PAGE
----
Source:
Press room - European Commission

EU on the fast track to a greener, safer, smarter road transport system

Lundi 21 avril 2008
 
 

 European funds

Related EU Grant Loans Programme(s):
 Grants for commercial projects that stimulate competitiveness of combined transport as against exclusively road transport
 Grants for projects promoting the objectives of the common energy and transport policy
 Grants for research to improve transport systems in society and minimise the negative impacts and consequences of transport on the environment
 Grants in the frame of the Trans-European Networks for transport

Today in Ljubljana, EU Commissioner for Science and Research Janez Potocnik opened the Transport Research Arena 2008 Conference and Expo, together with Radovan Žerjav, Slovenian Minister for Transport

This four-day flagship event brings together over 1000 CEOs and senior executives from EU road transport industries, national and EU administrations, infrastructures operators, public and private R&D organisations, as well as users’ associations. It showcases the latest policy developments and technology breakthroughs which contribute to make road transport greener, safer, smarter and more user-friendly, while strengthening EU industries’ leadership in that key economic sector.

Road transport industries represent a major source of economic revenue, employment and technological development in Europe. Efficient road transport systems are also crucial to ensure the competitiveness of many sectors of the European economy, strengthen the Internal Market, and answer EU citizens’ increased needs for mobility. At the same time, innovative transport solutions must respond to climate change and pollution concerns, rein in energy consumption and decrease dependence on fossil fuels, alleviate road congestion, and cut traffic fatalities. To respond to these challenges, both private and public sectors are joining forces and increasing investments in research. The automotive industry already spends more in R&D than any other European industrial sector. At the same time, the European Commission allocates over EUR 4 billion to road transport research in the current EU Framework Research Programme (FP7).

Jointly organised by the European Commission, the European Road Transport Research Advisory Council (ERTRAC) and the Confederation of European Directors of Roads (CEDR), TRA 2008 provides a unique platform for all partners to drive forth cooperation, focus strategic agendas, and better coordinate research activities, programmes and policies across Europe. Among key issues addressed at this year’s conference are urban mobility, new engines and power trains, alternative fuels, hydrogen technologies, future vehicle concepts, “smart” cars, intelligent logistics, active and passive safety, improving infrastructures in new Member States, noise abatement, emissions reductions, and the low carbon transport economy.

Looking to the future, TRA aims to stimulate interest in transport research by spotlighting the most exciting scientific promises in that area. The 2008 YEAR Awards, an FP7 project coordinated by University College Dublin, recognize outstanding R&D projects submitted by engineering graduates from across Europe. Presented by Commissioner Potočnik in a special ceremony, these Awards will reward outstanding and creative research being carried out by students from all over Europe in 6 categories.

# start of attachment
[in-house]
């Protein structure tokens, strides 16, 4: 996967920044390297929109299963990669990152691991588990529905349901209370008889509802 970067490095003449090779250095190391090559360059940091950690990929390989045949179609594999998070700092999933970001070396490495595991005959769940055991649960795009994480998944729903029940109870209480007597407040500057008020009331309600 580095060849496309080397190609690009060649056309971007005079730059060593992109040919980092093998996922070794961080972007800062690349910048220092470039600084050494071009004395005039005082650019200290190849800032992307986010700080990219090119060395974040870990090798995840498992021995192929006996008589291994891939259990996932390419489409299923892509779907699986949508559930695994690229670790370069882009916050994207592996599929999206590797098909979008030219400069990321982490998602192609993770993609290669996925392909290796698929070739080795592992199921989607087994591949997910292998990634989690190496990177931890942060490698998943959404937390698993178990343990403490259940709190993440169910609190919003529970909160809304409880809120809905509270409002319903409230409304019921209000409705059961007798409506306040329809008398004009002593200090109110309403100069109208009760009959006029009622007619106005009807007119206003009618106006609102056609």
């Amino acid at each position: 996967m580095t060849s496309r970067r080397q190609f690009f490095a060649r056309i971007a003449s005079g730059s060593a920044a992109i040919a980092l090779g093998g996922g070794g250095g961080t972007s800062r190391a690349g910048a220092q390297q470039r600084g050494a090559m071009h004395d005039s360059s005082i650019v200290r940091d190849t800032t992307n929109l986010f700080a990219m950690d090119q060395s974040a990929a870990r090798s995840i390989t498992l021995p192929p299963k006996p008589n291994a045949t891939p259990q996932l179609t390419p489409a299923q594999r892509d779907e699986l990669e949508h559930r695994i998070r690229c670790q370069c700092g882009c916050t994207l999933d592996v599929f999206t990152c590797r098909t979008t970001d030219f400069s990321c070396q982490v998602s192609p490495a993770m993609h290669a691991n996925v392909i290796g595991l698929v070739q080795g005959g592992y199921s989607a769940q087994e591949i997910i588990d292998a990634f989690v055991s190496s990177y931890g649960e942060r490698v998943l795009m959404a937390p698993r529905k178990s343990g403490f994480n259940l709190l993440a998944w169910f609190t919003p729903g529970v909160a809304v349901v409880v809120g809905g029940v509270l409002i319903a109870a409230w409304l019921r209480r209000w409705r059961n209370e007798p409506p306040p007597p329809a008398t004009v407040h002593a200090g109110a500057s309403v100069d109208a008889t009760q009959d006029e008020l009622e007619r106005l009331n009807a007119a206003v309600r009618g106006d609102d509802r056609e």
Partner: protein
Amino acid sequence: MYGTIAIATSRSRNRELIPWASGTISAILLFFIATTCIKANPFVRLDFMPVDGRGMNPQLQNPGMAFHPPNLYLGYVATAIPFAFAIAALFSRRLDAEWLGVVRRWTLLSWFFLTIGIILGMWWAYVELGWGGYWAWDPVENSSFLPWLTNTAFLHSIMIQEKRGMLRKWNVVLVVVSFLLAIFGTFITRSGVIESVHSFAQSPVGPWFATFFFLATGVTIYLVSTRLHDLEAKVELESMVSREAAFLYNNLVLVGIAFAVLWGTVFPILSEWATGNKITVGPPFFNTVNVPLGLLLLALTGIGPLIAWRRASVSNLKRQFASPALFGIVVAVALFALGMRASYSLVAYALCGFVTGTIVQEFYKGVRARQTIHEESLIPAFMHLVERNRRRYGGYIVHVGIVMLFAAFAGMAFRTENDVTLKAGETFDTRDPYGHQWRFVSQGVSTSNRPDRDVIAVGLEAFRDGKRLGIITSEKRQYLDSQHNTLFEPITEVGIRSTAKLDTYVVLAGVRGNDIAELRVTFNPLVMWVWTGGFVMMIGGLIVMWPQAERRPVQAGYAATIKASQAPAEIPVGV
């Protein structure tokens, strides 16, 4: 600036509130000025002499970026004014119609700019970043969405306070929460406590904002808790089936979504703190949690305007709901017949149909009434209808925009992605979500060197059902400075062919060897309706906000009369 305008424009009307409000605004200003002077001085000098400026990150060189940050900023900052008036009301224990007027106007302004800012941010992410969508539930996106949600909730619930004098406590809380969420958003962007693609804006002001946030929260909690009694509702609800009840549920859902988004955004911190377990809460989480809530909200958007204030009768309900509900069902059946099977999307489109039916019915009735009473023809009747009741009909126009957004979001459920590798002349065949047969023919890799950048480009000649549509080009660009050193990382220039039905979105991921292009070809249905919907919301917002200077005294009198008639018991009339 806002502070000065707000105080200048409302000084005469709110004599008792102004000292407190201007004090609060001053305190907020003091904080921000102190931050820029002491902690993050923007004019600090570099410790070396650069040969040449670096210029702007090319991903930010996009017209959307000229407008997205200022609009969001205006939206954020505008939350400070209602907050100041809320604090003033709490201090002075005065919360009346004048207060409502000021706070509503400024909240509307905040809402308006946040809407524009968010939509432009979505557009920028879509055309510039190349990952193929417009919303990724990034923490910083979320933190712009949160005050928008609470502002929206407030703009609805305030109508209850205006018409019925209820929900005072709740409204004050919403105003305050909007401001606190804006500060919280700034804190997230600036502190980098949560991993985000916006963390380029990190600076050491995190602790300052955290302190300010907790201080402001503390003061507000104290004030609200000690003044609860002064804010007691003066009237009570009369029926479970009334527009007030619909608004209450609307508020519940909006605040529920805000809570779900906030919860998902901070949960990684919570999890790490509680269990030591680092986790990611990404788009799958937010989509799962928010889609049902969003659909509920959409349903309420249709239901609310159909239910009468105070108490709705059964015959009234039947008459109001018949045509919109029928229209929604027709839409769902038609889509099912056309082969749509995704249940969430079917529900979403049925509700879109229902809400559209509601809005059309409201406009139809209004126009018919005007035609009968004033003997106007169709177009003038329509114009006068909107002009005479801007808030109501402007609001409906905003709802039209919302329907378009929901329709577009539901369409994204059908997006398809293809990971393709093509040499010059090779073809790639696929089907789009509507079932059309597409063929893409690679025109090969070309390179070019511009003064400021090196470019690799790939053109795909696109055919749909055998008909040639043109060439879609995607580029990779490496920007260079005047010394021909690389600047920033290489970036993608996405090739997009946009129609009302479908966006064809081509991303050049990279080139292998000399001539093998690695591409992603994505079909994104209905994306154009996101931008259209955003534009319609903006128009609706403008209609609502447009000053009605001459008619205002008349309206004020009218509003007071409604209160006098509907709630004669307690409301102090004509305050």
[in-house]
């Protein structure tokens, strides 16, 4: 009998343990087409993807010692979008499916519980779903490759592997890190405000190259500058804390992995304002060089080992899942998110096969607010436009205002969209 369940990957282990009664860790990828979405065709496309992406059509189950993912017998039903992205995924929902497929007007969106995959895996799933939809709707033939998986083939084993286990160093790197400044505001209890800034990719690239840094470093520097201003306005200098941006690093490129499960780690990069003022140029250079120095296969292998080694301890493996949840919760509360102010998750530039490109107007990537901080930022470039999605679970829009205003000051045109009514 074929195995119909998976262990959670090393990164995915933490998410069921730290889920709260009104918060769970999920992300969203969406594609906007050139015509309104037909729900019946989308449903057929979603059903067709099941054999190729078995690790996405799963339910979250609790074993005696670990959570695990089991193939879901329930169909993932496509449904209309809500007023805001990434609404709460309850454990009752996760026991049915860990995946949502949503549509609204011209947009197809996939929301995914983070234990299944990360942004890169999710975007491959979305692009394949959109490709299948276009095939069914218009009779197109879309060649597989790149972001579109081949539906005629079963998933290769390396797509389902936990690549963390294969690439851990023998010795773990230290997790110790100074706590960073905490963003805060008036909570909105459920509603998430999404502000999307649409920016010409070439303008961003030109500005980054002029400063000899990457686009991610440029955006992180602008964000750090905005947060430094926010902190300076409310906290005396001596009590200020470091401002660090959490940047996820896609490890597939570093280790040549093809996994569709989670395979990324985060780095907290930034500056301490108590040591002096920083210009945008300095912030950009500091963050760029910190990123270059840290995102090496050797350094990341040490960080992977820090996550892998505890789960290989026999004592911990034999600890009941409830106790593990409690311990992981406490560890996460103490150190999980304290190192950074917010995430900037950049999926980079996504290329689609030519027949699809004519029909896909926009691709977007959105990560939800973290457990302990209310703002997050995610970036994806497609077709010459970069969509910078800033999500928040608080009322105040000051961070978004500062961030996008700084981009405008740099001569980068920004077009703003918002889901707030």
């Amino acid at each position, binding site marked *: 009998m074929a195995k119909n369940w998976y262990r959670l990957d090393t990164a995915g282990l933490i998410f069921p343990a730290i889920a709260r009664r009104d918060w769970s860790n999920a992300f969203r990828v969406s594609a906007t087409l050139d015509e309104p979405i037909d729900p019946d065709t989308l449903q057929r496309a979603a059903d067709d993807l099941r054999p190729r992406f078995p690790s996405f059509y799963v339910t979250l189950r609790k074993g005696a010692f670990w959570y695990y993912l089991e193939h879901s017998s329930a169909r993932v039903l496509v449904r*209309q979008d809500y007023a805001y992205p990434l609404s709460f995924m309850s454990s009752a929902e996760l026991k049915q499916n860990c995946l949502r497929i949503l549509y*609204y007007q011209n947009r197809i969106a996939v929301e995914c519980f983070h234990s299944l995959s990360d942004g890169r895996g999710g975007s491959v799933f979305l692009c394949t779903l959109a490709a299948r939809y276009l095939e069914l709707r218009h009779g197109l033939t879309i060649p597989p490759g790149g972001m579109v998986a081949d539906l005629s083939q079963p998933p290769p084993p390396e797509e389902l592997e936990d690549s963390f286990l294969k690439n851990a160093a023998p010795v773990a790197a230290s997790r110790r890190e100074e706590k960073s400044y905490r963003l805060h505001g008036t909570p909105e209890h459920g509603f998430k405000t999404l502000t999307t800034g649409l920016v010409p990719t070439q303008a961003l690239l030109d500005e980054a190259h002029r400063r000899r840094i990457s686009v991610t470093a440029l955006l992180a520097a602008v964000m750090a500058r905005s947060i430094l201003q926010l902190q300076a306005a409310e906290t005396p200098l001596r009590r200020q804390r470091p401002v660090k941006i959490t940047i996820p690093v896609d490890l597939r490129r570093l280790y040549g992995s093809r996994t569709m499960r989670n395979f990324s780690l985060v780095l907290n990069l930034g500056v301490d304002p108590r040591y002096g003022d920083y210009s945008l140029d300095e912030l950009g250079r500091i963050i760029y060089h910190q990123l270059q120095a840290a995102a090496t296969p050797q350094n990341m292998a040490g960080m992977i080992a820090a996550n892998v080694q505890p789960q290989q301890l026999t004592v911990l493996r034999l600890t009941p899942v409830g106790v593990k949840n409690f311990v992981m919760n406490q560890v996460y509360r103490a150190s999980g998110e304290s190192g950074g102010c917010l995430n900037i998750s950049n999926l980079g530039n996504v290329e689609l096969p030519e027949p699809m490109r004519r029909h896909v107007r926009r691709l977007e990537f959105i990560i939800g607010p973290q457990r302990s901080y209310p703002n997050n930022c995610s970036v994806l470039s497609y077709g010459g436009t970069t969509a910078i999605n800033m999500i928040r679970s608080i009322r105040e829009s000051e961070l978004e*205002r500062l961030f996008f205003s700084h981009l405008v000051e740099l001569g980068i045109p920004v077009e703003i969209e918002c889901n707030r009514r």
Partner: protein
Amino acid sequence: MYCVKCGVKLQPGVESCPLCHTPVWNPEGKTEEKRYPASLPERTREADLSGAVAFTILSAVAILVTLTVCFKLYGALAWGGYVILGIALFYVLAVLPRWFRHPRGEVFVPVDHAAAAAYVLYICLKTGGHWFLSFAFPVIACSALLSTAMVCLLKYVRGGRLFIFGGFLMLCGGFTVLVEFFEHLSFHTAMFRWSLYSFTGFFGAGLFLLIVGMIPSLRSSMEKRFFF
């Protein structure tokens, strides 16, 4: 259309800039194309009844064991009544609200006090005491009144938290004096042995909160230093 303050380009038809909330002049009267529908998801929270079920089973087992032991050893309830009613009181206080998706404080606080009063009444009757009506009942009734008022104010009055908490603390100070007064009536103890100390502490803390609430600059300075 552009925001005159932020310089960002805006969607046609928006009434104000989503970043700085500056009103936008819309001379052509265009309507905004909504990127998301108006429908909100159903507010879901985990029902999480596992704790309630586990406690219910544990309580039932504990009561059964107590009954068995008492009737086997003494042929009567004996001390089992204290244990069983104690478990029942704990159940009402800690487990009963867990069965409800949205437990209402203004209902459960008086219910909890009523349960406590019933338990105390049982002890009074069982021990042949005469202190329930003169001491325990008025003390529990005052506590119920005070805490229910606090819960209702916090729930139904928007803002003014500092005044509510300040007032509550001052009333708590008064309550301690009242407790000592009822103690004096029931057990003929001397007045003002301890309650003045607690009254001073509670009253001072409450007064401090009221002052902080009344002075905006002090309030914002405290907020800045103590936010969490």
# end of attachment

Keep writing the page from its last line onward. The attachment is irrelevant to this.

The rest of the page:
More information:
Transport Research Arena TRA 2008 website

Justice and Home Affairs Ministers adopt EU Action Plan on Enhancing the Security of Explosives

Vendredi 18 avril 2008
 
 

 European funds

Related EU Grant Loans Programme(s):
 New framework programme for research and technology aiming at better exploiting research capacities in Europe and transforming scientific results into new products, processes and services.
 Grants for research projects focussing on security with a civil application in fields such as transport, health, civil protection, energy and environment
 Grants for police cooperation and training for organisations in charge of combating crime

On 18 April 2008, the Council of the European Union adopted the EU Action Plan on Enhancing the Security of Explosives

The Action Plan is based on the Commission’s Communication of 6 November 2007 on enhancing the security of explosives and has been adopted following intensive negotiations between the Member States and the Commission.

Background

On 25 March 2004, in the immediate aftermath of the Madrid attacks, the European Council, in its Declaration on Combating Terrorism, established as a priority the need “to ensure terrorist organisations and groups are starved of the components of their trade”. The European Council noted in particular that “there is a need to ensure greater security of firearms, explosives, bomb-making equipment and technologies”. In response, a policy on enhancing the security of explosives started to be developed. One of the key measures undertaken was the setting up of an Explosives Security Experts Task Force (ESETF), composed of private and public sector representatives, with a view to preparing recommendations for actions in the explosives security field. The ESETF completed its work in June 2007 with the identification of 50 recommendations for actions. These recommendations form the basis for the Action Plan.